In fine art, the term Trompe-l'œil refers to the technique of visual illusion, whereby the eye of the viewer is deceived into thinking that a painting is actually a three-dimensional object, rather than merely a two-dimensional representation of it. This type of artistic optical illusion is commonly seen in easel, mural and architectural paintings, as well as in sculpture and architecture. Most trompe l'oeil devices are set in realistic true-to-life imagery and are based on confusion caused by the deceptive application of the rules of linear perspective. The term itself is a French expression, meaning "deceives the eye," and was first coined in the 17th century, during the era of Baroque art.

Source: Wikipedia

A. Warner

American, 20th century

'Emblems of Peace' (after William Harnett), 1975

Oil on Canvas 8 x 10in

TGC# 087-001

A. Warner

American, 20th century

'Emblems of Peace II' (after William Harnett), 1975

Oil on Canvas 8 x 10in

TGC# 087-010

William Michael Harnett


A. Warner (presumably Louisiana based still life artist Ann Warner) painted the present trompe l'oeils in the tradition of Irish-born William Harnett's masterpiece 'Emblems of Peace' - painted in 1890. Both versions are slightly different from the original displayed in the Museum of Fine Arts in Springfield, MA.

A. Warner

American, 20th century

'Trompe-l'œil with Violin'. 1975

Oil on Canvas 8 x 10in

TGC# 087-004 and -005

A. Warner

American, 20th century

'Trompe-l'œil'. 1975

Oil on Canvas 24 x 36in

TGC# 087-006

Pere Borrell del Caso was a 19th century Spanish illustrator  best known for his painting 'Escapando de la crítica' (Escaping criticism), an example of trompe-l'œil where the  boundary between real and fictitious space is blurred.

A. Warner picks up on the idea and shows the tablecloth escaping the boundaries of the painting itself.

Note: This painting underwent extensive restoration by TGC in 2015.

A. Warner

American, 20th century

'Trompe-l'œil'. 1975

Oil on Canvas 20 x 24in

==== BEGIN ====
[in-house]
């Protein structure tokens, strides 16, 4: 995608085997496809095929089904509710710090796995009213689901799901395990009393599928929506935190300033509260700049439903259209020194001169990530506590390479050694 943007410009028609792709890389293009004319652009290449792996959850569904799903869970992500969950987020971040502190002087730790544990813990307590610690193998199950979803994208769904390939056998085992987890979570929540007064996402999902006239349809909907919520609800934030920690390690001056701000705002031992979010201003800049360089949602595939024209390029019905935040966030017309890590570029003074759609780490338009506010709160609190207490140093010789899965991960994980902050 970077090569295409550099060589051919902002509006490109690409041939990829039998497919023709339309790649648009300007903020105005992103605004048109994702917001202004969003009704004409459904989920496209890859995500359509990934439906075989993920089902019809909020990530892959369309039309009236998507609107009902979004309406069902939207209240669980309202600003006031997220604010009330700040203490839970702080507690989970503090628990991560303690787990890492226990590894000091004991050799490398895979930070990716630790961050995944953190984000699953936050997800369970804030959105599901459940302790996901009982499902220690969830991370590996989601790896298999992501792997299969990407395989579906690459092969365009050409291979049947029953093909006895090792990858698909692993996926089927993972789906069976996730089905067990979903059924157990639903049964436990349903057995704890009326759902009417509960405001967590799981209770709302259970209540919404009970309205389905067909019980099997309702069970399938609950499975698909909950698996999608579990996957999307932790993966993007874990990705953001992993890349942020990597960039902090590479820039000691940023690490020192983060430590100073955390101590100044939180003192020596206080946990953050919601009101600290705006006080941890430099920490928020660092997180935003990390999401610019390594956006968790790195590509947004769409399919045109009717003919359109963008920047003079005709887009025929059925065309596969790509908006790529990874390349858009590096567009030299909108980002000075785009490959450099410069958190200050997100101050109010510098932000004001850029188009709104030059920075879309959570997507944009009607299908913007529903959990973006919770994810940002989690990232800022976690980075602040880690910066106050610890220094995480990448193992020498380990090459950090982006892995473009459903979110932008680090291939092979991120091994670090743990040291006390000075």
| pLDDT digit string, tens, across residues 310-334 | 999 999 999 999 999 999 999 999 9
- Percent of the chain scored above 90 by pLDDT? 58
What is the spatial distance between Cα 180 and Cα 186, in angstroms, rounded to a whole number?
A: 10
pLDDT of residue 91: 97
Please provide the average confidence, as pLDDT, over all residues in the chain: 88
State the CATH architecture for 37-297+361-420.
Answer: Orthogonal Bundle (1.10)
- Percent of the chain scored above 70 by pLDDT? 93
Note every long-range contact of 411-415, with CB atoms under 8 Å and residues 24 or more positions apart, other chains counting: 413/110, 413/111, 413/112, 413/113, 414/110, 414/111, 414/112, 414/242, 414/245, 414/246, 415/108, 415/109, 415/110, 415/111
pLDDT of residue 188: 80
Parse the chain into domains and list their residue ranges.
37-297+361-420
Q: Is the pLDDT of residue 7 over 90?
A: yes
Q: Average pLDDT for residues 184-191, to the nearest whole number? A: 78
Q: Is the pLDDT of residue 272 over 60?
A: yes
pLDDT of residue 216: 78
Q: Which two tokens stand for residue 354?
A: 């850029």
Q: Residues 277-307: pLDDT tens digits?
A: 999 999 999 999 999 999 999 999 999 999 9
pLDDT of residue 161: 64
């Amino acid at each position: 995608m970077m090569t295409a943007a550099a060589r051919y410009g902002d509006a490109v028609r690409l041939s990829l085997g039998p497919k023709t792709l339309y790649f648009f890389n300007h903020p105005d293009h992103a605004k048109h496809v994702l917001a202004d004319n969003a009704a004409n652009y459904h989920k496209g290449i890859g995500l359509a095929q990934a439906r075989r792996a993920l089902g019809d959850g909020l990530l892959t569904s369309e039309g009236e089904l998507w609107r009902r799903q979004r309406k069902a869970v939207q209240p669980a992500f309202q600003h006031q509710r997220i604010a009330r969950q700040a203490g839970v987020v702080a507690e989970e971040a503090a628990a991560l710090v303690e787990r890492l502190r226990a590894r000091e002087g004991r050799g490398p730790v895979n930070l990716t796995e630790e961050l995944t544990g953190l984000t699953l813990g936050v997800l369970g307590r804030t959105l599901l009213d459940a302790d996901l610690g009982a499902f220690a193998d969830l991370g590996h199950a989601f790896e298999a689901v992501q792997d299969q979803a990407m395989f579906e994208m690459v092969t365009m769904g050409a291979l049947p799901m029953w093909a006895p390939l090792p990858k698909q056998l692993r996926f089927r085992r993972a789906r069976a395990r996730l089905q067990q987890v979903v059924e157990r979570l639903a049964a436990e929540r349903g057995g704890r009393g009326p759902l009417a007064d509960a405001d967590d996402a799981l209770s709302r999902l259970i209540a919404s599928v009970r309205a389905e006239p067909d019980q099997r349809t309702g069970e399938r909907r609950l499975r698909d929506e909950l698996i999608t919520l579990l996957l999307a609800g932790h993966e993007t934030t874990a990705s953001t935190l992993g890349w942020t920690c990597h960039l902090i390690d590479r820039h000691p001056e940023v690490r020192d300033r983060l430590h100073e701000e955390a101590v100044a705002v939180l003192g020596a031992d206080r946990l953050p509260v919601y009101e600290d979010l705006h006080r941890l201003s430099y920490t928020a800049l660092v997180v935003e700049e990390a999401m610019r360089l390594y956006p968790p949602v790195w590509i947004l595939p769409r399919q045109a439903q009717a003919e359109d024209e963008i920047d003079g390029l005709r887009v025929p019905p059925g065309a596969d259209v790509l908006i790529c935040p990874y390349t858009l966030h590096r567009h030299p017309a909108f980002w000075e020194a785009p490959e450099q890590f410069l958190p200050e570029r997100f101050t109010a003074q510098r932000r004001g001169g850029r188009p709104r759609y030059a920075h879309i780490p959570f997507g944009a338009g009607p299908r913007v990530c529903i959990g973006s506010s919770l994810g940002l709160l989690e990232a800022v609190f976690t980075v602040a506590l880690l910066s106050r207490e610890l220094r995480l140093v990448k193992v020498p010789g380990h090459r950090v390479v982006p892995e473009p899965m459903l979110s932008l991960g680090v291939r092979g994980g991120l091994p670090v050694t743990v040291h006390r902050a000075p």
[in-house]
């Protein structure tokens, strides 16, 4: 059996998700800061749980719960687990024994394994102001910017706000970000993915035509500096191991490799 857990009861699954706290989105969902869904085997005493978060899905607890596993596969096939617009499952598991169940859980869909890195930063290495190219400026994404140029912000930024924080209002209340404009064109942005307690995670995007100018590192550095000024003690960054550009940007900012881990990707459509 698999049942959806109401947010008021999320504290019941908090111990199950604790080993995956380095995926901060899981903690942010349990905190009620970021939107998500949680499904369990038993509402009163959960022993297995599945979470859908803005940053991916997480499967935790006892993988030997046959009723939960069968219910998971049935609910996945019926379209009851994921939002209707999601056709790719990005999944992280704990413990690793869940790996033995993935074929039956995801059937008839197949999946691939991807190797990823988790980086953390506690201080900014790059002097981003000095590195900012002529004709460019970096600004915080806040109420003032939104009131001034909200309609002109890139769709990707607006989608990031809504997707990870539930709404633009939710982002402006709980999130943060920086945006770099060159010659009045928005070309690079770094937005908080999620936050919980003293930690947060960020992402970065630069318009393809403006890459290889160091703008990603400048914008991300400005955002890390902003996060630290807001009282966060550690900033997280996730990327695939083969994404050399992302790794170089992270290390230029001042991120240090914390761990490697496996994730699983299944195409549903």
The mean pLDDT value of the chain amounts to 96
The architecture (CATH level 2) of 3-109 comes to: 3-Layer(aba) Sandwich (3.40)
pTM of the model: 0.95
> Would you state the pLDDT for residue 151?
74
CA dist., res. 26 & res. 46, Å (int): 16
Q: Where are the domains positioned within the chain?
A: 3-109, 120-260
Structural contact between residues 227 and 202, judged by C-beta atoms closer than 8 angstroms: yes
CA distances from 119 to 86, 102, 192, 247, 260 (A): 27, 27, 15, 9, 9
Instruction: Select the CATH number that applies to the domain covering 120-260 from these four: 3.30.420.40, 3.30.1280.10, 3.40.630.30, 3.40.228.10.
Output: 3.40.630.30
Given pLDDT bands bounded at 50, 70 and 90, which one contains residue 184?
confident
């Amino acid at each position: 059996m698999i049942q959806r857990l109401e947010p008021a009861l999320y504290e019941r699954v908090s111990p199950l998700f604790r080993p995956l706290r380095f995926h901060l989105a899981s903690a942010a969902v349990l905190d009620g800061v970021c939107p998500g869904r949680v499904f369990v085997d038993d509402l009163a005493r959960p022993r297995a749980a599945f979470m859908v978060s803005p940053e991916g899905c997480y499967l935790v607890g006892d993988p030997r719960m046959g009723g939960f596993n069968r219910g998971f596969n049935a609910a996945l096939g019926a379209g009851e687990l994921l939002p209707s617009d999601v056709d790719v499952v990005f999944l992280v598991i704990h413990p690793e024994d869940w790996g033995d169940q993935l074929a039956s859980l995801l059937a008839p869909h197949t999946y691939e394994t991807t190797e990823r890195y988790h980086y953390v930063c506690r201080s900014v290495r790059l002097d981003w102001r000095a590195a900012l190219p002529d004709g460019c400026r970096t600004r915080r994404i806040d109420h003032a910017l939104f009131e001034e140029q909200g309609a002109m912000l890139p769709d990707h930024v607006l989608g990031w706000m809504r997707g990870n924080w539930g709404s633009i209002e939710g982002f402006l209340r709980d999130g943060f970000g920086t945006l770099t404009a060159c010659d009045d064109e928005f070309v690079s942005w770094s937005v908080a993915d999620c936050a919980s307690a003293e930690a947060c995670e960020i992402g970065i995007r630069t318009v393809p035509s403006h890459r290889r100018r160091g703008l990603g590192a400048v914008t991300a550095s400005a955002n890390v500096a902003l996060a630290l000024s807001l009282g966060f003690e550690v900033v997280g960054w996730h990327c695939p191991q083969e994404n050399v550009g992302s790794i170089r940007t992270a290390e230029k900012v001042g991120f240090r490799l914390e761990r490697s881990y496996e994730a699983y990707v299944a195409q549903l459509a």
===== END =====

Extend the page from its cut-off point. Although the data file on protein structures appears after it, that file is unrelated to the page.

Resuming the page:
TGC# 087-012 and -013

Ralph Anderson

American, 1929-

'Trompe-l'œil', ca 1950

Oil on Canvas 11 x 18in

TGC# 087-007

Ralph Anderson was born in Los Angeles, CA on December 16, 1929. He is known for a number of trompe-l'œil paintings such as 'Memorabilia', 'Card Game' and various Chinese themed still lifes. According to the Los Angeles Police Department several of his paintings ('Pinocchio', 'Barnum & Bailey', 'Humpty Dumpty' and 'Banjo and Hat' were stolen in 1997 and have not been recovered yet.

Edward Smalarz

American, contemporary

Trompe-l'œil, 2016

Oil on Canvas 30 x 40in

TGC# 087-009

Edward Smalarz is undoubtedly one of the most talented Californian artists specializing in Realism and trompe-l'œil oil paintings. His work was shown at the deYoung Museum as well as several art galleries in San Francisco.


"I have been painting in the traditional style for over 12 years. I have been showing consistently as well.

I love to share my work with the world. I have been teaching for some years and enjoy watching people learn to draw and paint. I work mostly from life direct observation and occasionally from photos or imagination. I make my own oil based mediums. Some are similar to the Maroger medium. As I have examined many Old Masters' paintings one can see how Marogers medium matches in all its forms italian wax. One is a nifty smooth buttery effect. All in moderation."

Source: Artist's blog


Dorothy Churchill Wyman

American, 1899-1993

'Barn Window', ca 1945

Oil on Canvas 22 x 28in

TGC# 087-003

Dorothy Churchill Wyman (1899-1993) was a painter who was professionally known as D. C. Wyman (or, after her marriage in 1945, as D. Wyman Martin). She studied at the School of the Museum of Fine Arts School in Boston and privately with George Elmer Browne, with whom she traveled and studied in Europe and Provincetown, MA. Her work first received national recognition in 1935 at the annual exhibition in New York of the Allied Artists of America. She kept a studio on Newbury Street in Boston. Her 'Barn Window' is embedded in a frame made of barnwood with a burlap matting.


Margaret Simonini

American, 1899-1984

'Trompe-l'œil', 1968

Oil on Canvas 12 x 16in

TGC# 087-011

Margaret Simonini was active in Riverside, California in the 1960s. Her still lifes often reached the quality of a trompe l'oeil - such as this nice example of various fruit placed on a mirroring table surface.

Jenette Cribari

American, 1921-2003

'Trompe-l'œil', ca 1975

Oil on Board 9 x 12in

TGC# 087-002

Trompe-l'œil paintings became very popular in Flemish and later in Dutch painting in the 17th century arising from the development of still life painting. The Flemish painter Cornelis Norbertus Gysbrechts created a chantourné painting showing an easel holding a painting. Chantourné literally means 'cutout' and refers to a trompe l'œil representation designed to stand away from a wall. The Dutch painter Samuel Dirksz van Hoogstraten was a master of the trompe-l'œil and theorized on the role of art as the lifelike imitation of nature in his 1678 book, the Introduction to the Academy of Painting, or the Visible World.

Denver-based artist Jenette Cribari showed tremendous skill in the execution of a trompe-l'œil - displaying everyday items such as a candlestick, a book and spectacles.

Frank Lean

American, 20th century

'Still Life with Violin', 1982

Oil on Canvas 9 x 12in

TGC# 087-008

Bert S.

American, 20th century

'Trompe-l'œil', ca 1975

Oil on Canvas 18 x 24in

TGC# 087-014